9. "Vicky Christina Barcelona" (Woody Allen)
My unusual pick for the best Woody Allen film is 1992's "Husbands and Wives," a viciously funny and quietly devastating look at relationships gone awry. After making that final masterpiece, Allen kind of burned out and dabbled in mediocrity for many years. He saw a brief reawakening with 2005's "Match Point," but he had yet to make another truly great film until now. "Vicky Christina Barcelona" is the funniest traditional comedy of the year, and a welcome return to Allen's more gentle, moralistic sensibilities. Javier Bardem makes a surprising comic turn as Juan Antonio, a worldly artist who uses his Latin lover charm to convince two vacationing American girls (Rebecca Hall and Scarlett Johansson) to accompany him on a weekend tryst in Spain. The resulting shenanigans are hilarious and, perhaps more importantly, unpredictable. Most notable among the cast is Penelope Cruz as Maria Elena, Juan's slightly unbalanced ex-wife. The real-life couple share great chemistry, and their last scene together is a moment of pure, frenzied comic madness.
10. "Iron Man" (Jon Favreau)
Robert Downey, Jr.'s comeback vehicle was overshadowed by the more meaty and ambitious "The Dark Knight," but "Iron Man" deserves to be remembered as an impeccably assembled, no-nonsense example of how by-the-numbers filmmaking can sometimes result in a product that rises to the level of artistry simply by virtue of being so technically flawless. This is popcorn entertainment done right, aided by a lead performance that goes to show how much fun filmmakers could be having with simple genre films if only they would just cast actual talent more often. As weapons manufacturer turned super hero Tony Stark, Downey, Jr. brings his own unique charisma to a role that is perfectly suited to his dry, sardonic brand of humor. The rest of the cast is strong as well, with Gwyneth Paltrow standing out as our hero's sweet and reliable love interest/secretary, Pepper Potts. This franchise is begging for two or three quality sequels, and with this talented a cast and crew, the sky's the limit in terms of potential butt-kicking awesomeness.
Best of …
Most intense scene: Richard Nixon's late-night
phone-call/confessional with David Frost in "Frost/Nixon." The
entire film distilled down to one fierce, provocative scene that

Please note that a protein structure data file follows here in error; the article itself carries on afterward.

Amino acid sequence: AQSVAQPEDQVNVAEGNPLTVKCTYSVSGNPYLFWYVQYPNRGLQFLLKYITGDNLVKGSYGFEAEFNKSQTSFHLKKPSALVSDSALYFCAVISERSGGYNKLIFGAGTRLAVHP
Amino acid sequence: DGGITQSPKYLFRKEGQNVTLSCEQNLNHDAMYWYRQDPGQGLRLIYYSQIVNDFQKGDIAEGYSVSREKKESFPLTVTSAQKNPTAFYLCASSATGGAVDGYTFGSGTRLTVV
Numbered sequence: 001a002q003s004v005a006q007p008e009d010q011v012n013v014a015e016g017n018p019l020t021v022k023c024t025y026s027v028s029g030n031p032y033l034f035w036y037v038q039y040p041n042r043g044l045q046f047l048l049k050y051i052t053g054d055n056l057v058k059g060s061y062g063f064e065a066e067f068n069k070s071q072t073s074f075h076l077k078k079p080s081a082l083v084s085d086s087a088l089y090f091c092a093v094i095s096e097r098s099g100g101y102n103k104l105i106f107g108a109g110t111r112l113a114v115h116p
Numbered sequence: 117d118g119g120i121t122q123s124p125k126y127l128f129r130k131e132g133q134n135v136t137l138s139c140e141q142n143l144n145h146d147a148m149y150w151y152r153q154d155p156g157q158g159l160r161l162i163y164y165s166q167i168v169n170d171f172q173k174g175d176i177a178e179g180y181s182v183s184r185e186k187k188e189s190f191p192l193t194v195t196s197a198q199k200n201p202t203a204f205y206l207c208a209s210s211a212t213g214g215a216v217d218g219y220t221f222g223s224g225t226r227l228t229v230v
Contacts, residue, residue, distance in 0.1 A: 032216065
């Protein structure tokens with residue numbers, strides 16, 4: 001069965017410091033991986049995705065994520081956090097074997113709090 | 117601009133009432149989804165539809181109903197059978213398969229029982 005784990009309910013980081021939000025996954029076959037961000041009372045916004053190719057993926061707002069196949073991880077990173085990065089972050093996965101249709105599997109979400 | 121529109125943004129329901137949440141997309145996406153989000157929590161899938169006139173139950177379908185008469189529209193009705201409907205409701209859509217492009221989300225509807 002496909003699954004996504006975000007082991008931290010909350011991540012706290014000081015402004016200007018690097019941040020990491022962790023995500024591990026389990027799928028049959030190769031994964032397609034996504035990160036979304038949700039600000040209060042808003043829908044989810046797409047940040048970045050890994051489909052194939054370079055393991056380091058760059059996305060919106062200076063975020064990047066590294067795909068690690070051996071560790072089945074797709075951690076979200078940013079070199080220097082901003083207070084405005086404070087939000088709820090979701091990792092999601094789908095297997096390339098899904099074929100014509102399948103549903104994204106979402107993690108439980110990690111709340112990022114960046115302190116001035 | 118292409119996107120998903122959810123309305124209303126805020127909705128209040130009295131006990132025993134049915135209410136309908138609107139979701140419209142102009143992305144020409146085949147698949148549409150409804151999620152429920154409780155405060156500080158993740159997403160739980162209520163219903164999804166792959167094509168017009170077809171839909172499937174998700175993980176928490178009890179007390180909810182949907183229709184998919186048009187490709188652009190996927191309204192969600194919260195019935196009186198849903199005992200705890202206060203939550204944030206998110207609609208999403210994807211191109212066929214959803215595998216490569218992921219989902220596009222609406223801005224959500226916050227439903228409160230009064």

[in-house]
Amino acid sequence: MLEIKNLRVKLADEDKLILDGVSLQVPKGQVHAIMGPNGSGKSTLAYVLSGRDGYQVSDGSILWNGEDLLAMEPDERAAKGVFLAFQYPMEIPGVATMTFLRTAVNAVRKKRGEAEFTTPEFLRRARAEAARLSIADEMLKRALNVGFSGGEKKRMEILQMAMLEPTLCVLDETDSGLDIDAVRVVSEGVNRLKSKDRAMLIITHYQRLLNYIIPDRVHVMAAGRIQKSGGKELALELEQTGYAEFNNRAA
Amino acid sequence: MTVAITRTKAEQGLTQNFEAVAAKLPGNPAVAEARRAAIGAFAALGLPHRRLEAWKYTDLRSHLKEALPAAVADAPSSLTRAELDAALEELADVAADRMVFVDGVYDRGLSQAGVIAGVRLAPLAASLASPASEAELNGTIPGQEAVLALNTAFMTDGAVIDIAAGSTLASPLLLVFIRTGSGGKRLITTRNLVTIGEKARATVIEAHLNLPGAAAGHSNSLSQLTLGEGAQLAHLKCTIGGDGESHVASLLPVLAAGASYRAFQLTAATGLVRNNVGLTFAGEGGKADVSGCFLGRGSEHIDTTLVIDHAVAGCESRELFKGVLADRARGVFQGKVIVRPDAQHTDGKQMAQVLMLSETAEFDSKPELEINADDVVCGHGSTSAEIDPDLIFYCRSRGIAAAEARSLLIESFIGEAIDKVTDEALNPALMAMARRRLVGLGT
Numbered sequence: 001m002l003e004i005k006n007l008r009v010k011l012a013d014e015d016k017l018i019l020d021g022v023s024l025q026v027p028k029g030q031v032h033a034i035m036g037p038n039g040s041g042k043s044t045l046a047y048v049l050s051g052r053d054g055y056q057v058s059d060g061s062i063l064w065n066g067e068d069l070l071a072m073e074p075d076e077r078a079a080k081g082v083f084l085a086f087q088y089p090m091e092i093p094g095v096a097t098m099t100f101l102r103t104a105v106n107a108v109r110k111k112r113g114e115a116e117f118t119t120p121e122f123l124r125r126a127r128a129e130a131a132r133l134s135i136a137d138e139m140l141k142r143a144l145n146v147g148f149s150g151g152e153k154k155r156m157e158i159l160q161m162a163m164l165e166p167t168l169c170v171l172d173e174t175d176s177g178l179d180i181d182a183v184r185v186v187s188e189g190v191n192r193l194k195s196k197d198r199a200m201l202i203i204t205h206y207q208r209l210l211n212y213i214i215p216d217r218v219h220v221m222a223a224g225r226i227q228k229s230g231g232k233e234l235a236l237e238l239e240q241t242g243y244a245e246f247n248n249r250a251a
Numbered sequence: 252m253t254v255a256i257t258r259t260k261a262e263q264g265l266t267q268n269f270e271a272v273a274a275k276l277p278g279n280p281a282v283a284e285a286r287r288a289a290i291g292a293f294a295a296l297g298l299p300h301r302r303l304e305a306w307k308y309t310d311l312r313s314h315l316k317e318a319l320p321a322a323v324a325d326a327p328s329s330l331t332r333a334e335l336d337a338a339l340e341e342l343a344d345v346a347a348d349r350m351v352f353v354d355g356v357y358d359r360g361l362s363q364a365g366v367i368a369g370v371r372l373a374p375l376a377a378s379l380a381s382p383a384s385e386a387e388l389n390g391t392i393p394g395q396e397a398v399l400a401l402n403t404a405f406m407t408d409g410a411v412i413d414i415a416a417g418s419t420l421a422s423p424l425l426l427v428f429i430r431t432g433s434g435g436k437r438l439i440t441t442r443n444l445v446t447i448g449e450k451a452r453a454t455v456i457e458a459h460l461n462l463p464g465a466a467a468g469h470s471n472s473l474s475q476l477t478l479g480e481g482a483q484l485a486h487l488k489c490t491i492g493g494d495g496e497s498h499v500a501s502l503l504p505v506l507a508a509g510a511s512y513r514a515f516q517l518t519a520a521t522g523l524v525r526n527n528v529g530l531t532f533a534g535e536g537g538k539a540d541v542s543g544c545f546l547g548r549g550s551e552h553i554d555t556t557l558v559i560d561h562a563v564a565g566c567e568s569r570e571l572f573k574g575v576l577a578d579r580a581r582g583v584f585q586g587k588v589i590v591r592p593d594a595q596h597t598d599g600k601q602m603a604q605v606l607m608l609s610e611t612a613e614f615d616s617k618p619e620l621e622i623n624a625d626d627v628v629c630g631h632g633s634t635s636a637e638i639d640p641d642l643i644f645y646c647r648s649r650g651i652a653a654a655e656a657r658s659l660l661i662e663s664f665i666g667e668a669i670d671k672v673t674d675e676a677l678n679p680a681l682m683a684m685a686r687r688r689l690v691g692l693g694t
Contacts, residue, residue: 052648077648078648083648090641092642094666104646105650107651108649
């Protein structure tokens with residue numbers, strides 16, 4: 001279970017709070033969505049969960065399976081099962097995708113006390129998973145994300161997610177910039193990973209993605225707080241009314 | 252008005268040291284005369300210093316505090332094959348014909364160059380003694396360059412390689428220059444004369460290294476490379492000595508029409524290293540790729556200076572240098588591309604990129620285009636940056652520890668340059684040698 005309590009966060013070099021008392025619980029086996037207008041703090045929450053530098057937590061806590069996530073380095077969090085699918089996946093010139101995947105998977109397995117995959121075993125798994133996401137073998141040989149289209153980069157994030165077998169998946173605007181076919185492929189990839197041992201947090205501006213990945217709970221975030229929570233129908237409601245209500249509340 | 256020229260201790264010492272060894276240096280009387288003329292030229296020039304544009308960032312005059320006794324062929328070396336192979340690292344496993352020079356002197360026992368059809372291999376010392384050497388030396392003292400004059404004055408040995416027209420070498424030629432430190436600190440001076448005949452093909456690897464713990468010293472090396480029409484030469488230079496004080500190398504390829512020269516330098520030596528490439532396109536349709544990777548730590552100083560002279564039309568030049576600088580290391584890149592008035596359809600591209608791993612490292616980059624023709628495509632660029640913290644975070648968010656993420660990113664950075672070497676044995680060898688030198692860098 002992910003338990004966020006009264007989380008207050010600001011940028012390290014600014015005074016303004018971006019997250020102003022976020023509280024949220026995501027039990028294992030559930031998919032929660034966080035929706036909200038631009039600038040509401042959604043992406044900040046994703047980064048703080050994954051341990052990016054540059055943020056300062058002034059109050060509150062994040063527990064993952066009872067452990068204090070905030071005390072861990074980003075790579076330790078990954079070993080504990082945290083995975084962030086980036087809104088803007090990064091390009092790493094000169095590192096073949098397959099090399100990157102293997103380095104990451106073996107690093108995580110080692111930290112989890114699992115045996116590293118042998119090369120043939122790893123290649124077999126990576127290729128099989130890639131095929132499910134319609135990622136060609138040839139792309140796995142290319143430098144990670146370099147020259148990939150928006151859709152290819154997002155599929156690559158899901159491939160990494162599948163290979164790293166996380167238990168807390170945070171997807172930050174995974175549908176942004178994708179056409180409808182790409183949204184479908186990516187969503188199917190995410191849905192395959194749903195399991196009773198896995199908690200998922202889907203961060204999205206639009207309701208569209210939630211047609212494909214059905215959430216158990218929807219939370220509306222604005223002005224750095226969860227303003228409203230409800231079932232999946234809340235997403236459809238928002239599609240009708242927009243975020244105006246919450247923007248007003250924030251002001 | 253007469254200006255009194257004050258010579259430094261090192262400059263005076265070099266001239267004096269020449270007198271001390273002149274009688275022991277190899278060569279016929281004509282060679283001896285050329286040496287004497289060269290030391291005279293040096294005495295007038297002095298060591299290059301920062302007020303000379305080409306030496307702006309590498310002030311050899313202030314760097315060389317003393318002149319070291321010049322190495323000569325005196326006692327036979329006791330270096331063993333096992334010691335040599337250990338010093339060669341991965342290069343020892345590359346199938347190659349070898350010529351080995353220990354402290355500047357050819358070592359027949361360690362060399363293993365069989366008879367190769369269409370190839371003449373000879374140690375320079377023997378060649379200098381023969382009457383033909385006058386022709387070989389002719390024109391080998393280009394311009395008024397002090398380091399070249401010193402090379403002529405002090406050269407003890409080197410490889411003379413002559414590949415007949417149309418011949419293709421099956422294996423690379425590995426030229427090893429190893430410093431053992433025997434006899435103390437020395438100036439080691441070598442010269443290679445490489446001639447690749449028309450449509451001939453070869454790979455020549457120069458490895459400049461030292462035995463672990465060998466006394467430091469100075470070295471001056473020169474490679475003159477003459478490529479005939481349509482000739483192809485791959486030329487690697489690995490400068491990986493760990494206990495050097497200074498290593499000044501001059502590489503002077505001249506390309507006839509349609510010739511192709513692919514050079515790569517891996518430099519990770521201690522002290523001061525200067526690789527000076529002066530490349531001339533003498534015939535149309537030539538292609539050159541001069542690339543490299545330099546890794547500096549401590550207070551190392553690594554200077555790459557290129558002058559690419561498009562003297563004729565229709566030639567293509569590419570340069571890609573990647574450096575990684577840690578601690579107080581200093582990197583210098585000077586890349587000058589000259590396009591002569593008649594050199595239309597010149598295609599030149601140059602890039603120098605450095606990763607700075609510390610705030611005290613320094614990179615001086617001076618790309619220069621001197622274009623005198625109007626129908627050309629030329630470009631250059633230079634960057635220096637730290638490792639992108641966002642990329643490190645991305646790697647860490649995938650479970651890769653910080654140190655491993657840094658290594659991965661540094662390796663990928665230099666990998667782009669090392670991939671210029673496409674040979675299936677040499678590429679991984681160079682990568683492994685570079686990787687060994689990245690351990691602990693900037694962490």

left me shaken.
Most unexpectedly funny scene in an otherwise serious movie: The "fireman party" scene in "The Wrestler." If you've seen it, you know exactly what I'm talking about. If you haven't seen it, an explanation wouldn't help matters. It's Zen.
Best use of a song: Gun N' Roses' "Sweet Child O' Mine" in "The Wrestler" (again), played as Randy "The Ram" Robinson makes his final walk to the wrestling ring. A strange choice of song at first glance, but for some reason it works perfectly, and I now can't imagine any other song doing the sequence justice.
Best line: "You either die a hero, or you live long enough to see yourself become the villain, spoken by a pre-transformation Harvey "Two-Face" Dent (Aaron Eckhart) in "The Dark Knight." Obvious, perhaps, but nicely put.
Best documentary: Errol Morris' "Standard Operating Procedure." An exceptional exanimation of the abuses at Abu Ghraib prison, yes, but also a meticulous essay on the very act of fetishized documentation. One of the few films from last year that truly qualifies as mind-blowing.
Best animated film: Ari Folman's "Waltz With Bashir." One man's tortured remembrances (or lack thereof) of the 1982 Israel-Lebanon war, made into a probing, eye-popping, universal statement on the elusive nature of trauma and memory. Timely, too.
Best performances in a bad movie: Leonardo DiCaprio and Kate Winslet in "Revolutionary Road." The movie is complete BS, but these amazing talents do impossible things with very little material. Oh, what a missed opportunity for Sam Mendes. There were worse movies released in 2008 ("Eagle Eye," anyone?), but none made me more angry.
Watch the 66th Golden Globe Awards live on Sunday.
Time: 5 p.m.
Nominees for best motion picture: "The Curious Case of Benjamin Button," "Frost/Nixon," "The Reader," "Revolutionary Road" and "Slumdog Millionaire."
The Academy Awards will be presented live on Feb. 22.
Time: 5 p.m.
Nominees to be announced.